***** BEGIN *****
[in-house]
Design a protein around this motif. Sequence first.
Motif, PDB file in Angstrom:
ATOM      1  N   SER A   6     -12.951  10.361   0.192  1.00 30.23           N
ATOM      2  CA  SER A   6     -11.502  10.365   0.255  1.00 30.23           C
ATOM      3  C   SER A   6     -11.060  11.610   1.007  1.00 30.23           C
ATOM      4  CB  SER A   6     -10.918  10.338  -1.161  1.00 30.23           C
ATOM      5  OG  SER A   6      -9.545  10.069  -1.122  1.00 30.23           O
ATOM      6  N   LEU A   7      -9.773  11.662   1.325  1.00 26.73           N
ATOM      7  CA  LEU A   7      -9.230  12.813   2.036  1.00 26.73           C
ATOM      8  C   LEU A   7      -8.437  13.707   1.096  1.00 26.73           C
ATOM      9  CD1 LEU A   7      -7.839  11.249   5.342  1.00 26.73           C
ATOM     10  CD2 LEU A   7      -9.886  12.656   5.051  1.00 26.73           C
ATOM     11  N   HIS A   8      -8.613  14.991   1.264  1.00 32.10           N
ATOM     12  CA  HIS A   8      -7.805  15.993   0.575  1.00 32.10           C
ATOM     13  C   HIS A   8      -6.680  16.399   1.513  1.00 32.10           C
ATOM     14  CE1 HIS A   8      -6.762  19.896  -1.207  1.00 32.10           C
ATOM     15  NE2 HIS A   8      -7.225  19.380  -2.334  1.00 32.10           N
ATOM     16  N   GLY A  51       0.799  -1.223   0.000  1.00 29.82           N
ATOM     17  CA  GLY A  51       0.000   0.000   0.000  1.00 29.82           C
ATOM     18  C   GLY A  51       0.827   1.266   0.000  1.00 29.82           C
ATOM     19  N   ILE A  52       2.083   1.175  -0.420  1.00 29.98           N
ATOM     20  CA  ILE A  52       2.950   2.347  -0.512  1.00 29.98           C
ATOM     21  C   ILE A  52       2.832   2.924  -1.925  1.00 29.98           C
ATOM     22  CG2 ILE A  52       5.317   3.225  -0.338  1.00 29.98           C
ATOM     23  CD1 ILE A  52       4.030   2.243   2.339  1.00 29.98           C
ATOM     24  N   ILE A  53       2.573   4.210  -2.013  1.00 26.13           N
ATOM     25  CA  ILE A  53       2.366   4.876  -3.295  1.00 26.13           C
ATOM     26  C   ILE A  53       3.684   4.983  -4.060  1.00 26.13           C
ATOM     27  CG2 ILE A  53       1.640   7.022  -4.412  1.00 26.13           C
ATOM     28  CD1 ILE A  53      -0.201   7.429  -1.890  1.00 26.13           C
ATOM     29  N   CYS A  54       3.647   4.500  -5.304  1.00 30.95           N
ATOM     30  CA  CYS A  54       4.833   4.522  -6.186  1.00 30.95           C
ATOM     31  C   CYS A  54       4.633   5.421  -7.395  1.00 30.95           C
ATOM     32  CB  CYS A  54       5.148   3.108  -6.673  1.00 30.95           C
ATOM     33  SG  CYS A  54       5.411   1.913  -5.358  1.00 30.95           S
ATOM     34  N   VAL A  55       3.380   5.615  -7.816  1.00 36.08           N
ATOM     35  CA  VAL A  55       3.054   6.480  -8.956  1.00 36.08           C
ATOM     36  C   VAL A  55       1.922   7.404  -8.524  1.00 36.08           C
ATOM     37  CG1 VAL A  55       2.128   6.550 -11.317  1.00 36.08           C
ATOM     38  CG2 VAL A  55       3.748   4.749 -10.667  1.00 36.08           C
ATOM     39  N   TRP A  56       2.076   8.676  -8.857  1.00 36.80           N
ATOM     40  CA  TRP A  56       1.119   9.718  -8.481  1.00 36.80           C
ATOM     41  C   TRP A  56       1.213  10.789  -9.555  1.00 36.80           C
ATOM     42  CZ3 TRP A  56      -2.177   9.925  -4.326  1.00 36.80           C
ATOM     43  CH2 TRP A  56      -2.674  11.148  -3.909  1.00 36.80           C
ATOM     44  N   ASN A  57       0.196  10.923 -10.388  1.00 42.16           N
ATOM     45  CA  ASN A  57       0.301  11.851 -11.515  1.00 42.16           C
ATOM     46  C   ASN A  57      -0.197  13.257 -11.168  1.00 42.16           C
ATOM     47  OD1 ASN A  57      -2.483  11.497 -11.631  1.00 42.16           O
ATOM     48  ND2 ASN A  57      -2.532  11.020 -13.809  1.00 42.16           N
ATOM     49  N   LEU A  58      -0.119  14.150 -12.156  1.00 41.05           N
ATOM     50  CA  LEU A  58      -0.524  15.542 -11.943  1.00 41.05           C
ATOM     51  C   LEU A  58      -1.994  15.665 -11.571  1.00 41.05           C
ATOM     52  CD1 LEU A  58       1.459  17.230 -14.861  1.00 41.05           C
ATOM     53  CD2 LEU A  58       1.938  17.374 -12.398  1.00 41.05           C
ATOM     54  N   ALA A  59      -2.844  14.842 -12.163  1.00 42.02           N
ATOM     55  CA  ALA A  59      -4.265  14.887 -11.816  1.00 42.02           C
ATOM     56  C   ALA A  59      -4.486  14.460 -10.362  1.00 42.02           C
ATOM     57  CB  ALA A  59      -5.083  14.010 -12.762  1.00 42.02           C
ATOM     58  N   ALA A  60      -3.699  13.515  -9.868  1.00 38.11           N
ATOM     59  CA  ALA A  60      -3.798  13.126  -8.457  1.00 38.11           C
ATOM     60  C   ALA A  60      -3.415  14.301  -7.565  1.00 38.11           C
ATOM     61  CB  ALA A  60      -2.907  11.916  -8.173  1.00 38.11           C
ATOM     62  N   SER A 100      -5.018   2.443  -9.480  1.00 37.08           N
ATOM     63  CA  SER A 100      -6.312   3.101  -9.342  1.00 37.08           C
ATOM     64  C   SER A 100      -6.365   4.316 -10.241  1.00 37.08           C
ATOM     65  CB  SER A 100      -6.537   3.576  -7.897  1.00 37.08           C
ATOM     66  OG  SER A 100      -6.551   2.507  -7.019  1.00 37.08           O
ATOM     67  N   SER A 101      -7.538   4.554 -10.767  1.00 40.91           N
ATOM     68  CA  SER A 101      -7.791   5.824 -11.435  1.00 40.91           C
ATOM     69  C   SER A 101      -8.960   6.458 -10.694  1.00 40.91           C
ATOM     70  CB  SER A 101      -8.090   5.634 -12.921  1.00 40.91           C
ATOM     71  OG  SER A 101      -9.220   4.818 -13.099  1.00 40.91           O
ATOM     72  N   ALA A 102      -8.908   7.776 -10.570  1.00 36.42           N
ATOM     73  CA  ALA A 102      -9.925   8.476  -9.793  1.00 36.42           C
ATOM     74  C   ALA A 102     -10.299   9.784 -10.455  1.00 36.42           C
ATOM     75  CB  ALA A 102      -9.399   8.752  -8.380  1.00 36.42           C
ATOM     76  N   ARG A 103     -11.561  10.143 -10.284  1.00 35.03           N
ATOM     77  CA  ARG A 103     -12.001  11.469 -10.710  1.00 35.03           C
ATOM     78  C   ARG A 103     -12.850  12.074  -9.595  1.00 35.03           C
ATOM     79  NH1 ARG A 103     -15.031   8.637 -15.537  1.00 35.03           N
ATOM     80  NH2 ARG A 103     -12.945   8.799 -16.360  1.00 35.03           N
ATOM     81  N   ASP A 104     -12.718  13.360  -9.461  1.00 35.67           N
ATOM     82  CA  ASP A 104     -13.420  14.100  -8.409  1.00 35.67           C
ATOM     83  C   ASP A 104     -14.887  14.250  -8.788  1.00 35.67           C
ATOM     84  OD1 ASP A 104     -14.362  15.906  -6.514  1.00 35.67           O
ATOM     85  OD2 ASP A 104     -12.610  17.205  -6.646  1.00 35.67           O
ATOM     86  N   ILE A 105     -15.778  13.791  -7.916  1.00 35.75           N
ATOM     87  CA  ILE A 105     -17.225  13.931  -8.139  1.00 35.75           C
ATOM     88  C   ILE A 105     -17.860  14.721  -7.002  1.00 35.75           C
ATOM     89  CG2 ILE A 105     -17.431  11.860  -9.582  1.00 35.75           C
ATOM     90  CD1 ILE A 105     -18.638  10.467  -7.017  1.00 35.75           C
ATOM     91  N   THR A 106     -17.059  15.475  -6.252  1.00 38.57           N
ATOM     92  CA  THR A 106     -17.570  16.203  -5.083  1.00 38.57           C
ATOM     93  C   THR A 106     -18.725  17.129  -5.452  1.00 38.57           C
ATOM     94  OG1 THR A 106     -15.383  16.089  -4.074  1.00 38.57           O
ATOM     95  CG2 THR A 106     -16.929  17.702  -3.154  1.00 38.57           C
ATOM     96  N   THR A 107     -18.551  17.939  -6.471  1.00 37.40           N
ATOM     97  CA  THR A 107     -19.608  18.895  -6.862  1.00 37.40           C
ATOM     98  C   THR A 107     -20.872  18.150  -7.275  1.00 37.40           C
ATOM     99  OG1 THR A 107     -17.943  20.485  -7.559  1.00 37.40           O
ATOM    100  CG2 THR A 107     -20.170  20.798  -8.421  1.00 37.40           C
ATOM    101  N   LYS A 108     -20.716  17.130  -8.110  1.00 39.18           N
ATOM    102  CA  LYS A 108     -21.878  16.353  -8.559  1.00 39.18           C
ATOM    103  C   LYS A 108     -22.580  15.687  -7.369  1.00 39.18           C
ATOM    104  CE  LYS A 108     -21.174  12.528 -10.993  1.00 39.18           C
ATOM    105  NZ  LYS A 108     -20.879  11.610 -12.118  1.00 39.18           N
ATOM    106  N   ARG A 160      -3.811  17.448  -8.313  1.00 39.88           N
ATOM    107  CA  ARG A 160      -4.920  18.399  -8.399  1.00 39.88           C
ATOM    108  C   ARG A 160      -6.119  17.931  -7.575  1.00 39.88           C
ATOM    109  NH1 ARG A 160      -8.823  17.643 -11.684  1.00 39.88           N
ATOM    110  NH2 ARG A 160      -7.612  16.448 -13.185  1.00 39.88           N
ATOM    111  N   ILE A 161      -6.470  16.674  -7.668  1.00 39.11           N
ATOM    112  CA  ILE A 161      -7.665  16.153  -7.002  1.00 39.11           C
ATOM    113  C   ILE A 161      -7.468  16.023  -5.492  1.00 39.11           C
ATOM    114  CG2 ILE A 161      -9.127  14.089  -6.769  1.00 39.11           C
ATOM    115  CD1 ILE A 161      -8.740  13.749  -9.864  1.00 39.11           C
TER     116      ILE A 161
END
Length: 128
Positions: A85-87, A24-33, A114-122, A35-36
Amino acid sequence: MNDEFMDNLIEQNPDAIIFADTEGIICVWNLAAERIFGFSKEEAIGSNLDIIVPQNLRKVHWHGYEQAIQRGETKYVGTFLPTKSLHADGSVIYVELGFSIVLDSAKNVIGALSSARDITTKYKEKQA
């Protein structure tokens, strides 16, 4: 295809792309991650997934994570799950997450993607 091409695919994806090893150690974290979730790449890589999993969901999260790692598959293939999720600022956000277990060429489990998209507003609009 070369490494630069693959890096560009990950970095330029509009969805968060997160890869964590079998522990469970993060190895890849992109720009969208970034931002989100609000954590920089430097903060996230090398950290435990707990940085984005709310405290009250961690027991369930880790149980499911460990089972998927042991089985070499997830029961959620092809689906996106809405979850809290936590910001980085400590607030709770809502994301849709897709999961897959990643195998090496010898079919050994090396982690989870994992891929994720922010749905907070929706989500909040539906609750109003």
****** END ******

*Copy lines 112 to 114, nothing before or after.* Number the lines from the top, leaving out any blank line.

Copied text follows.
ATOM    109  NH1 ARG A 160      -8.823  17.643 -11.684  1.00 39.88           N
ATOM    110  NH2 ARG A 160      -7.612  16.448 -13.185  1.00 39.88           N
ATOM    111  N   ILE A 161      -6.470  16.674  -7.668  1.00 39.11           N